Others who have recovered are returning to work, he added. The company says it’s implementing measures consistent with CDC guidelines, including providing masks, safety glasses and rubber gloves for employees while at work and at home.
Other meat-processing facilities such as Brazil-based JBS S.A.’s beef plant in Plainwell have had to shut down operations temporarily or reduce production rates to allow for social distancing. Cattle slaughter nationwide is down 32% from a March high and 27% year-over-year, according to the American Farm Bureau Federation.
“We thank the administration for acknowledging the important role food companies serve and ensuring that our food supply will remain resilient during these unprecedented times,” said JBS in a statement, adding health and safety of employees is its primary focus.
Now, hogs are going to the slaughterhouse for half their usual value, and prices for livestock and dairy are down, too, said Birchmeier of the Michigan Farm Bureau.
“That has real economic impact on our farmers,” he said. “No business can operate in the red for too long before you run into financial difficulties.”
A large chicken processing company in Delaware and Maryland had to kill 2 million chickens earlier this month because of a virus-related labor shortage, according to the Delmarva Poultry Industry Inc. Michigan farmers have not had to resort to such actions, Birchmeier said.
“Our farmers are still farming on a daily basis,” he said.
But there could be long-term implications from the financial challenges. In addition to troubled cash-flow and additional costs from having to feed their animals for longer, farmers might not be able to purchase replacement livestock. For the beef industry, cattle have a long production cycle.
“Beef producers make a decision now for breeding an animal that is going to have a calf in nine months and not weaned until six months later,” said George Quackenbush, executive director of the Michigan Beef Industry Commission. “There is a multi-year impact that will be seen as a result of COVID-19.”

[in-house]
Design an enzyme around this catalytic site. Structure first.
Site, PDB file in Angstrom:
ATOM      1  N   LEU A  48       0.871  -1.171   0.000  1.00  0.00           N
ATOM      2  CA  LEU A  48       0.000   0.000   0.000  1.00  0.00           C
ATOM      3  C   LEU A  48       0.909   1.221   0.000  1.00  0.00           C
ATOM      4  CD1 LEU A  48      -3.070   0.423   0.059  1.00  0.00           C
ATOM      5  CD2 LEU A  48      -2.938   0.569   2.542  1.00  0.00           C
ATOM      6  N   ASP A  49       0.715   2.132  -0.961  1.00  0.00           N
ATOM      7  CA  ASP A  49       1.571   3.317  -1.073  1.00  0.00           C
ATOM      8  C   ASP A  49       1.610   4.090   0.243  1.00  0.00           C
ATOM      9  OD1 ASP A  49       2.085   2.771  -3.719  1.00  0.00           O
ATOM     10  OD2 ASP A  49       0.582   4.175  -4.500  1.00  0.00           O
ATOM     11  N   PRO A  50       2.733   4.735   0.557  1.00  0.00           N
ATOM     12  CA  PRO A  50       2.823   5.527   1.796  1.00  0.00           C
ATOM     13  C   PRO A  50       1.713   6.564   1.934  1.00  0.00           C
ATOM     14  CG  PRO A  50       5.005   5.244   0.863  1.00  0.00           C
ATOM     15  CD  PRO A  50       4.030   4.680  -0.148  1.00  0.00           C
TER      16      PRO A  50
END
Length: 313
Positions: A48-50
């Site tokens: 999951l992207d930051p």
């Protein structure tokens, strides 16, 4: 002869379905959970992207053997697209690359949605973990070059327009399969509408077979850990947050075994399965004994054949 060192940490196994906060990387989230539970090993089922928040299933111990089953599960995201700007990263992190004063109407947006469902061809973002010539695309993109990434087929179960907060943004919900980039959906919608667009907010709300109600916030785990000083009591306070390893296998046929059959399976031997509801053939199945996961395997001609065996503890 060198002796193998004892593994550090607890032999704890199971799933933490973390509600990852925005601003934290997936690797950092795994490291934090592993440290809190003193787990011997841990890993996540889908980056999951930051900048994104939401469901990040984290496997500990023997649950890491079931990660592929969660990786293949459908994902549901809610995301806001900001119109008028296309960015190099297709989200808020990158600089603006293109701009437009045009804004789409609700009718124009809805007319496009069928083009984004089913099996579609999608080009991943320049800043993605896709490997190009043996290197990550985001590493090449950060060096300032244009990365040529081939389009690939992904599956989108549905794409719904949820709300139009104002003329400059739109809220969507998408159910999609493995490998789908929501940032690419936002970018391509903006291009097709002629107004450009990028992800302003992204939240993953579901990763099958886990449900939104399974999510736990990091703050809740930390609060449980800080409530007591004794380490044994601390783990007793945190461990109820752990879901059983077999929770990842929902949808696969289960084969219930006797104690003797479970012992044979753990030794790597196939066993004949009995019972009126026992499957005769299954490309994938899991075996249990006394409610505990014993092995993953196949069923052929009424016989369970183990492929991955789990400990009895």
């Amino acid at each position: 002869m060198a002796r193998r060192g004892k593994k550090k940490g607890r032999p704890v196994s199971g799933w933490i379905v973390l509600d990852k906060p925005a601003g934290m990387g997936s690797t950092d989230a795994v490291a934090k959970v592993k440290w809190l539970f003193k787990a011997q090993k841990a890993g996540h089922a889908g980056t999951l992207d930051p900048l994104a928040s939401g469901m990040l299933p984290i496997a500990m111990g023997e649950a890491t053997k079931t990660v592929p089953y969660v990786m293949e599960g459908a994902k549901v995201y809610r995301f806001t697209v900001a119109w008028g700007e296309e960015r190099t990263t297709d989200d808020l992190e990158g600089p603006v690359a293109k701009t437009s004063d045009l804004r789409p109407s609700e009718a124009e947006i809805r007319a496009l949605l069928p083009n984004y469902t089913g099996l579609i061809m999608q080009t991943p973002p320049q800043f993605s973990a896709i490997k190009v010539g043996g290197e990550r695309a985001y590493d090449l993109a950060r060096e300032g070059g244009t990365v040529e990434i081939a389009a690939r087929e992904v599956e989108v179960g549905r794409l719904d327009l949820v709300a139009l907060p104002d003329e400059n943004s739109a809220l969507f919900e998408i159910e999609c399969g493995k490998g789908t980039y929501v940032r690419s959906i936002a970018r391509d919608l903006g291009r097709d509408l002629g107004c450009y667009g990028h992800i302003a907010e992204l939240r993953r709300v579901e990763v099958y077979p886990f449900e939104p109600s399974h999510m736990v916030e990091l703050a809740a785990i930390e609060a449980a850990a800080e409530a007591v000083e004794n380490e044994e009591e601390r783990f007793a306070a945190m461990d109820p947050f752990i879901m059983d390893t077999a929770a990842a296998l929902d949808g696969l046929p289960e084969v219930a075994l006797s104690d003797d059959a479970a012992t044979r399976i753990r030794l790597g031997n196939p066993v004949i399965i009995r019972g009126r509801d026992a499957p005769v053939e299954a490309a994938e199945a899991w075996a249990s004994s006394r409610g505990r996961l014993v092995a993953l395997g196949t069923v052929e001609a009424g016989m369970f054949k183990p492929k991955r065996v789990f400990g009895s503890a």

And consumers soon could be paying higher prices. Wholesale American beef is at a record high of $330.82 per 100 pounds, a 62% gain from a February low, according to the U.S. Agriculture Department. Pork prices are up 5.7% to their highest since November.
Increases in wholesale prices eventually could affect even retailers, such as Ann Arbor-based Busch’s Fresh Food Market, who do not rely on large corporate meat processors. Most of Busch’s product comes from local and regional farmers who do their own processing.
“We have absolutely no problems at the moment,” said Todd Robinson, Busch’s vice president of marketing. “Some of our packaged lunch meats come from larger companies, and for example, bacon, we might have half of what we normally receive.”
Busch’s has seen a slight increase in meat sales, Robinson said. Industry experts are warning consumers against panic-buying.
“There is plenty of beef and proteins in the marketplace,” the beef industry’s Quackenbush said. “There’s no reason to panic, and avoiding that urge will ensure there is plenty for our neighbors and all consumers across the U.S.”
Meanwhile, farmers such as Cary are doing what they can to get by. He has adjusted the feed for his cows so they do not become too fat for processing and hopes to get 300 cows there within the next week.
“The American farmer has not stopped,” Cary said. “We will do our job no matter what it takes to produce that safe food.”